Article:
Sunday, 27 November 2011

Musician Gillian Welch supports traditional crafts...

I recently had the huge pleasure of seeing one (well, two really) of my favourite musicians play at the Manchester Apollo. I always struggle to describe Gillian Welch and her partner David Rawlings to other people, because you really have to hear their music to appreciate what they're all about.

This is a 2004 video of the song that they ended the main set with in Manchester (introducing it by saying: 'we're going to end with a good killing song...')



Caleb Meyer is one of my favourite songs and gives you an idea of Gillian and David's amazing skills as singers, songwriters and performers. Dave's guitar playing is just incredible! :D

Although I love all the albums, listening to them at home is nothing compared to seeing and hearing the songs performed live. The sound Gillian and David produce is so rich and full, especially considering its just the two of them. Also, because they're so in tune with one another (to the extent that their performances merge into one on the albums), its nice to be able to clearly see who's playing/singing what.

Its definitely the best gig I've ever seen and it seems that lots of people feel the same way - there's a great review of the Manchester gig on the Guardian website here. The set-list from the Manchester show (accompanied by lots of great comments about the gig) is on Facebook here. I really hope that at least one of their shows from this tour has been recorded and will be released either as a CD or DVD! :)

The tour was to support the most recent Gillian Welch album, The Harrow & The Harvest, which was released this year (a whole eight years since the last album!) and its easily the best yet.

Gillian and David played a couple of tracks from the new album on Later with Jools Holland, including 'The Way it Goes' (although I think the version they did at Manchester was better!)...



But that's enough about the music, what I really wanted to talk about is craft-related! :D

When I bought my copy of The Harrow & The Harvest album, I was initially a bit flummoxed by the thick piece of printed card in the CD case where there is usually a little booklet (I'm a lyrics geek and love it when they're all in the booklet!) but a bit of research on the internet revealed it to be a hand-crafted letterpress printed piece of artwork.

And very impressive it is too...
Gillian Welch album cover

I already had Gillian and David pegged as the kind of people who appreciate things being done in a traditional, non-digital style, so it didn't surprise me to discover they were keen on traditional, handmade crafts like small-scale letterpress printing.

I was really pleased to find this video about the process involved in printing 100,000 little pieces of art for an album cover...



And then I found that Gillian and David had made a little video about how to coffee-stain your CD insert to make it the 'antiqued' darker shade that they'd initially hoped the card they used would be!



I never thought I'd see a Gillian Welch and David Rawlings craft video! :D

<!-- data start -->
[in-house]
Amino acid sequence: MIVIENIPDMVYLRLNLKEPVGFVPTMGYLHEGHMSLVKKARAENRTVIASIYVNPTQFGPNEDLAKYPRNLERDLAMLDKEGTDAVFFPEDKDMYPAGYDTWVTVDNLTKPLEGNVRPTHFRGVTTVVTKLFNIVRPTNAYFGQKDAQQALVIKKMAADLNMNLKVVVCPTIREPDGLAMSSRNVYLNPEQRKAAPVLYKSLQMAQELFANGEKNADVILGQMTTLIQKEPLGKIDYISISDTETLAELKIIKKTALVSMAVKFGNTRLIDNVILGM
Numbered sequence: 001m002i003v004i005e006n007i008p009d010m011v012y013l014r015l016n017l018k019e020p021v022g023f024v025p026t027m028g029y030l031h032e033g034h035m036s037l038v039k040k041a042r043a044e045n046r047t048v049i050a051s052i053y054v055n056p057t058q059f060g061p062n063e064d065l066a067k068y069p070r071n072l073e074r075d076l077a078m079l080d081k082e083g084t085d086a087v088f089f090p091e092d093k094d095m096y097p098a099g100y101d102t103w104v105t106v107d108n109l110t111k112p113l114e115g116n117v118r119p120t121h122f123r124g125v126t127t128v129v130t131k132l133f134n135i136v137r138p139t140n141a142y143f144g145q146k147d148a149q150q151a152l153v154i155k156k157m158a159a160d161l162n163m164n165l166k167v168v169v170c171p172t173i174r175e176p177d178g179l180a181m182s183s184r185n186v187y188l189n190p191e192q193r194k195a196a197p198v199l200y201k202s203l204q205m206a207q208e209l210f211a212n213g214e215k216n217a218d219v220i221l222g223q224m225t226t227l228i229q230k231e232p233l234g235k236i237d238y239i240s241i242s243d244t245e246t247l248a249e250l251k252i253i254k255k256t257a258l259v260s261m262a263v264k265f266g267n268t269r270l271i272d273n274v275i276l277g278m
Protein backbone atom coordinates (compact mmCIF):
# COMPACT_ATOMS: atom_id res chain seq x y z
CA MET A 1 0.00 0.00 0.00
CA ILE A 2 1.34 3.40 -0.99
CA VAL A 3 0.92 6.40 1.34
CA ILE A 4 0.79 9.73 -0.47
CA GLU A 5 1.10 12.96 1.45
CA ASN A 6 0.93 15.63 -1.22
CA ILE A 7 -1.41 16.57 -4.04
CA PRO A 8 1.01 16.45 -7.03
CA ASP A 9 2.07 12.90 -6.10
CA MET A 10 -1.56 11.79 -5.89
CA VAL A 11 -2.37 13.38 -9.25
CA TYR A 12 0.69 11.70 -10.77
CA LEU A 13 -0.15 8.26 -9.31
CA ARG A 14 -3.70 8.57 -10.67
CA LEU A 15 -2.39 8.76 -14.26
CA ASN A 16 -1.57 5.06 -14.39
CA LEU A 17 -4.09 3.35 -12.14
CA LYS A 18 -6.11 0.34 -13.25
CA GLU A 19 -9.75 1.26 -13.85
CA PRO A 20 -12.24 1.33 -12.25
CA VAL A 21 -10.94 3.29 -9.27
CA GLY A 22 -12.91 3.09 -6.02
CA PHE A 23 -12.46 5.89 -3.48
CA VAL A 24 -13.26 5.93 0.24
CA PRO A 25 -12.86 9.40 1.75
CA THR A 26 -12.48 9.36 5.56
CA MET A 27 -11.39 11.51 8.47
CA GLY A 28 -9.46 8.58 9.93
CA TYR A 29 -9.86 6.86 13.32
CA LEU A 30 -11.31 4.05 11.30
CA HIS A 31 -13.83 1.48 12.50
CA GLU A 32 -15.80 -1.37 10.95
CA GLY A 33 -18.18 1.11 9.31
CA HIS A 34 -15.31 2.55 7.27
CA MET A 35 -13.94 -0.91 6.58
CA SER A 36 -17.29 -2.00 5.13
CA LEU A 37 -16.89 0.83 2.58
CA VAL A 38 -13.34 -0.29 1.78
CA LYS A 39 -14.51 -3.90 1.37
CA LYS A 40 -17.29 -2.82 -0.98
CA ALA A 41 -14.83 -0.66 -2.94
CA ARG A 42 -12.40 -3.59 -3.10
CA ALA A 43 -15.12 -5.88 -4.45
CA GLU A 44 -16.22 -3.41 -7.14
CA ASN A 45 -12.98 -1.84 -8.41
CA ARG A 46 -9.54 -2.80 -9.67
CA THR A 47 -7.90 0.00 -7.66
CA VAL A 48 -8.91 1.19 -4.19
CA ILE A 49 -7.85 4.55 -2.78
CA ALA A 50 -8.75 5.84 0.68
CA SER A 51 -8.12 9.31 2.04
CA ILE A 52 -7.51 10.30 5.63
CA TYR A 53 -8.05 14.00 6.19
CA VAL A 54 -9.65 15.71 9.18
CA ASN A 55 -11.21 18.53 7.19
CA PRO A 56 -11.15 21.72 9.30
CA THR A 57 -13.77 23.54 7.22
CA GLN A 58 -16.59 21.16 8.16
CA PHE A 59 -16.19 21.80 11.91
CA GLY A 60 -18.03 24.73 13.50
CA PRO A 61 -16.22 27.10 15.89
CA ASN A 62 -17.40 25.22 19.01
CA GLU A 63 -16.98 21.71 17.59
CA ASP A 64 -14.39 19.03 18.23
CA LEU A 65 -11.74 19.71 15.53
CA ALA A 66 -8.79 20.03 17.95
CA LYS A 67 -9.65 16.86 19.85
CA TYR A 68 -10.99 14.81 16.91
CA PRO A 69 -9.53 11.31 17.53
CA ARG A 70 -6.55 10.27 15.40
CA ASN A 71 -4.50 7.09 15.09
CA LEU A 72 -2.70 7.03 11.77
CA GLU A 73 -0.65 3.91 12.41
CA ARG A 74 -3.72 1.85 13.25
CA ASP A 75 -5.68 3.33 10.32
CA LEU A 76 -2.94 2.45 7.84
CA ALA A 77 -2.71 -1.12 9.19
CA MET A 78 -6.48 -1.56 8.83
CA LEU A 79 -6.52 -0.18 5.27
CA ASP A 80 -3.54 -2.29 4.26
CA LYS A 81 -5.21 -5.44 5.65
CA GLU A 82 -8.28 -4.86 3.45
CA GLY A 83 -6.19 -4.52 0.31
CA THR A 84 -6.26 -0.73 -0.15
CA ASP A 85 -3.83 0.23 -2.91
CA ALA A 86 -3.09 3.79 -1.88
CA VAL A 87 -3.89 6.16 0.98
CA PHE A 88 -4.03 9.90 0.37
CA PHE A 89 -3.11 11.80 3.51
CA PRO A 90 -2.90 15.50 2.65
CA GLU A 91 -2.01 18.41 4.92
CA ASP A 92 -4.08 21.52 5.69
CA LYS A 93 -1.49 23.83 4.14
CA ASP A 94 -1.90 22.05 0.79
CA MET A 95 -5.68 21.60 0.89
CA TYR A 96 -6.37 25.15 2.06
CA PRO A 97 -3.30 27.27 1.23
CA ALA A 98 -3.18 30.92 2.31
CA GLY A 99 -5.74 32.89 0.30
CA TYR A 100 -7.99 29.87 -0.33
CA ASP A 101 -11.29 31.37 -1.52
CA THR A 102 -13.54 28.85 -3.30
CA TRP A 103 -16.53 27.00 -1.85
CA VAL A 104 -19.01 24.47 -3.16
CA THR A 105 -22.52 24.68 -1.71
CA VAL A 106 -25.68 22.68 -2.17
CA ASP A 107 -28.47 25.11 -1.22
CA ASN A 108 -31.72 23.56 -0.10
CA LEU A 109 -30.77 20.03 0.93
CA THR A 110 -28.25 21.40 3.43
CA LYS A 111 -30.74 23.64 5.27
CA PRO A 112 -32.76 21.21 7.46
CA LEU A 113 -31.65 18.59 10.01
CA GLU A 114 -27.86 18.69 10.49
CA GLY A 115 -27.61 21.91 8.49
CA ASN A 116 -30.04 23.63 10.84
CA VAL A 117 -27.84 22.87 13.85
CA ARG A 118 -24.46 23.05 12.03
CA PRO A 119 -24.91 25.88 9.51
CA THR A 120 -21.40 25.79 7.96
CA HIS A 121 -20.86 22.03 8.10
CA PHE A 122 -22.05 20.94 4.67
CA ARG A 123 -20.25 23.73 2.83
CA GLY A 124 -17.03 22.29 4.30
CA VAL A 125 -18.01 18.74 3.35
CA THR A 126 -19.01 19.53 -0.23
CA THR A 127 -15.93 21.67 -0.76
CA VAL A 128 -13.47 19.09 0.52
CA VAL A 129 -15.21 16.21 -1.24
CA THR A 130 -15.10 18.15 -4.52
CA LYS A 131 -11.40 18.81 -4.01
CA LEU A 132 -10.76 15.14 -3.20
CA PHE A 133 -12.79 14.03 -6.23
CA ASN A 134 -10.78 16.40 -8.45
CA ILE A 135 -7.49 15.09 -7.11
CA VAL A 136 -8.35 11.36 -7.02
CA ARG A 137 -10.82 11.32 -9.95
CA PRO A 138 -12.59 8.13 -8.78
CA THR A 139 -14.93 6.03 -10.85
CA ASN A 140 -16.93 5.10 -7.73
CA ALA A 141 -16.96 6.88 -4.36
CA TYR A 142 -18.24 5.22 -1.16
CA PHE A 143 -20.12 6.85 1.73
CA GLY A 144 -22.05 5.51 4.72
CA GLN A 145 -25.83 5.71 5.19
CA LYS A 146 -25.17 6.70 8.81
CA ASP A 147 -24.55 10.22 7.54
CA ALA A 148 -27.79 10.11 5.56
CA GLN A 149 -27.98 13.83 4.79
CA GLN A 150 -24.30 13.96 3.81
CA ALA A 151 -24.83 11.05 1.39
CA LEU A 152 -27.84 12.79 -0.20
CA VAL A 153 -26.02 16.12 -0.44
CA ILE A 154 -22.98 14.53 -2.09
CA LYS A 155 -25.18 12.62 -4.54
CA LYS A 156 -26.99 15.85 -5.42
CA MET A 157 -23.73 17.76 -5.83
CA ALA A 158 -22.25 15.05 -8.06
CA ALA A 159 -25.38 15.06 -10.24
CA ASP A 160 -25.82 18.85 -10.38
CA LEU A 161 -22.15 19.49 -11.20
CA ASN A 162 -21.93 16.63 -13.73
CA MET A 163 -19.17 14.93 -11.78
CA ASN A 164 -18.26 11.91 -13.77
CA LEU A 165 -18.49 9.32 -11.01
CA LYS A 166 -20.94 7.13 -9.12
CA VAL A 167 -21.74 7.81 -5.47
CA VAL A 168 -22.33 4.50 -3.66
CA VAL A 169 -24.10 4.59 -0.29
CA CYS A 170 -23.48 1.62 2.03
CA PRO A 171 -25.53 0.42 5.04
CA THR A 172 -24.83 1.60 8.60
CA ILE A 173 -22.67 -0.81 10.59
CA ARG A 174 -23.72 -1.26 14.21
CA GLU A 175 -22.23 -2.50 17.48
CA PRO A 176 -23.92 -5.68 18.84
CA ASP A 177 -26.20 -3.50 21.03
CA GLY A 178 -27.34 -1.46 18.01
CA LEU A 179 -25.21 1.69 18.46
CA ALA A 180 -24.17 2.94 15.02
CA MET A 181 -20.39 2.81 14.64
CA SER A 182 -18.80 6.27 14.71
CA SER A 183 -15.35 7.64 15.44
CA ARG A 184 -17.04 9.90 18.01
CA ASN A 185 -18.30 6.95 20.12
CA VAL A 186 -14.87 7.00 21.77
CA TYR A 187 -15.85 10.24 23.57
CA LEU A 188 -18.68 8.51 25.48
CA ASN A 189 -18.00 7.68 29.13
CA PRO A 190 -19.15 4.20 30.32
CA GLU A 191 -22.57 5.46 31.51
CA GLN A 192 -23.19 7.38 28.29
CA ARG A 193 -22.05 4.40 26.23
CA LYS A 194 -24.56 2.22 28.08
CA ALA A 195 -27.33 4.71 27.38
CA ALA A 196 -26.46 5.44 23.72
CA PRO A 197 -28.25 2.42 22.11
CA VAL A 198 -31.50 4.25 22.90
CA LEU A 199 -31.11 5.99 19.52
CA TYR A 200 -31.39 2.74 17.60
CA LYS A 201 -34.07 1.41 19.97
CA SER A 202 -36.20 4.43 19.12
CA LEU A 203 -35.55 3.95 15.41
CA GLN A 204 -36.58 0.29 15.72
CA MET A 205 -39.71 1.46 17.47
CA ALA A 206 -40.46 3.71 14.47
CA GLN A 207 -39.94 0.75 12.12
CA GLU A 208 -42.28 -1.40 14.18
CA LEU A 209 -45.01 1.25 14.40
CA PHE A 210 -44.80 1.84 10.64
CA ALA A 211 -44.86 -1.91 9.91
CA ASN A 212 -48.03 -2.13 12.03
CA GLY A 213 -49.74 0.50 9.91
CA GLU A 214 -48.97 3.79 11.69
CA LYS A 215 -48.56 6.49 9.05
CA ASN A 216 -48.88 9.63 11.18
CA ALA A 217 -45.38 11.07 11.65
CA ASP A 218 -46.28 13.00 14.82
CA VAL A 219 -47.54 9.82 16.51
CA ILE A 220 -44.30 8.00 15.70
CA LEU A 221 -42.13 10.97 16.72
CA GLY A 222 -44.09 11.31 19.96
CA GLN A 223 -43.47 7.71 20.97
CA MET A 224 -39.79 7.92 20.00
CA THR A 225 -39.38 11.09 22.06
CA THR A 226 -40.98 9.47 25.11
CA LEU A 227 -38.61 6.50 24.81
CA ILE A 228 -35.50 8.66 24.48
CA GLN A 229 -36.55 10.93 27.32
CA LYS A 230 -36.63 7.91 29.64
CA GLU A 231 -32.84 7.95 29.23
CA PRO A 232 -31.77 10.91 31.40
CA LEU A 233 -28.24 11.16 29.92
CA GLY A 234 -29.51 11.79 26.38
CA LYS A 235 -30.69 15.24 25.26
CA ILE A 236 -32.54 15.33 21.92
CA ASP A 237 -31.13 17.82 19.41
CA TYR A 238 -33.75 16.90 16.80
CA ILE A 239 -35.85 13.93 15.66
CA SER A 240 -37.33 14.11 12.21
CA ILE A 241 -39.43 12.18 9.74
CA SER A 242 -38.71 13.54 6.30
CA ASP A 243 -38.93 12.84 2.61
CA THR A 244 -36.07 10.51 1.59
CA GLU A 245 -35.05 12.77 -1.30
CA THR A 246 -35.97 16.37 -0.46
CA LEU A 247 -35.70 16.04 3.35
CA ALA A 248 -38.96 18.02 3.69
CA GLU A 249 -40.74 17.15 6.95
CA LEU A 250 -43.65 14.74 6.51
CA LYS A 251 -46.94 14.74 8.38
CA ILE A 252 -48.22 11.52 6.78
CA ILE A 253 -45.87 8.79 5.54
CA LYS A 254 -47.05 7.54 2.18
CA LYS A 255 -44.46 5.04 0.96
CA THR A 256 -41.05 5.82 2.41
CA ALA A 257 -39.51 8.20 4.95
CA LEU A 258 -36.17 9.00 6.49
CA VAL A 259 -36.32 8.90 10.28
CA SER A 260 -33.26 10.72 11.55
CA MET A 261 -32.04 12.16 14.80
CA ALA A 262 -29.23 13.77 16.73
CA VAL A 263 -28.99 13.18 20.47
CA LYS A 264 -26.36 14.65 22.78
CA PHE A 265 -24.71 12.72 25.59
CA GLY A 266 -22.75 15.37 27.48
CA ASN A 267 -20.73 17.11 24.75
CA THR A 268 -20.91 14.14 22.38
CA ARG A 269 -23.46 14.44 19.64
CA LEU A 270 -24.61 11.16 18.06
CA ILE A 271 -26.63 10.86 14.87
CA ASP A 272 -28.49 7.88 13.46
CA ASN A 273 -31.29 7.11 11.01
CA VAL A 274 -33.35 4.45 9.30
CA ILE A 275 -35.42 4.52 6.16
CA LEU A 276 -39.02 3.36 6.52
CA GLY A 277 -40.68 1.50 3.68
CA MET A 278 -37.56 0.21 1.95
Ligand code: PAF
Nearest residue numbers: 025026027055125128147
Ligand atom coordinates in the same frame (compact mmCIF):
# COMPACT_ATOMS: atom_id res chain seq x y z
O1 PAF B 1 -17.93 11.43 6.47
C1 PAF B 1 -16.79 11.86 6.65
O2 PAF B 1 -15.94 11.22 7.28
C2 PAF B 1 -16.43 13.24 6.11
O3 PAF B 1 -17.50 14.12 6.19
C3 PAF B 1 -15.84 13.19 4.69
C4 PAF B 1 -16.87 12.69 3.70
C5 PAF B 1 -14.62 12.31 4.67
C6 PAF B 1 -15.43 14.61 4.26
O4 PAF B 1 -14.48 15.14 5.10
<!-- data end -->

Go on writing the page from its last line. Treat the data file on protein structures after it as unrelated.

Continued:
Anyway, another craft-related discovery came when I got my hands on a signed copy of The Harrow & The Harvest poster at the Manchester gig (I only just nabbed one, they were sold out by the interval!).

The poster is another lovely letterpress print...
Gillian Welch Harrow and Harvest poster
(The photo of it on my sofa doesn't really do it justice but I haven't had the chance to get it framed yet!).

This print was done at a different American company and I think I've tracked it down to one called Hatch Show Print in Nashville, which has been going since 1879.

This is a video about how they print these traditional-looking posters (Ade thinks they look like 'wanted' posters like you see in Westerns!) at Hatch Show Print...



I love the fact that cats are a big part of life at Hatch Show Print! :)

All the care and attention that went into the artwork for this wonderful album makes it worth waiting eight years for! :D

Wednesday, 7 September 2011

Feltmaking courses at Hesta Scene...

I recently went on a couple of feltmaking courses with a lovely friend from work called Sue and we had a great time! The courses were held in the studio at Hesta Scene, a craft shop/gallery in Caldbeck, which is roughly north of the middle of Cumbria. 'Hesta' is a Cumbrian dialect word meaning 'have you', so 'Hesta Scene?' is a variation of 'have you seen?'.

The studio is a lovely space (I always love being in a studio surrounded by wool!) and the other ladies on the course were so friendly. My friend Sue (on the right) had that happy smile on her face for the whole two days!
Felting workshop
:D

The first course was beginners feltmaking... making a felted picture and a scarf in a day. I'm not really a beginner feltmaker but I'd seen photos of this kind of thing on the website...
Poppy felted wall hanging
and knew I'd be able to learn a lot from a tutor who's able to make such lovely felted pictures!

I took along a postcard for inspiration that I bought at an exhibition of Maggi Hambling's amazing wave paintings at the Fitzwilliam Museum in Cambridge last year. I was blown away by the paintings (many of which are HUGE and full of incredible colour and texture) and wished that I could have spent some time spinning or felting in the gallery, taking inspiration from the pictures. As it was, I just bought all the books and postcards that were for sale at the exhibition and felt slightly sad that none of them came close to reproducing the experience of seeing the paintings in real life :(

Anyway, enough moaning, this is the postcard that I took to the felt course...
Wave postcard
Its an oil painting called 'Rising wave'.

I laid out my fibres, mostly dyed Merino wool but with the odd bit of silk and a few Bluefaced Leicester fleece curls...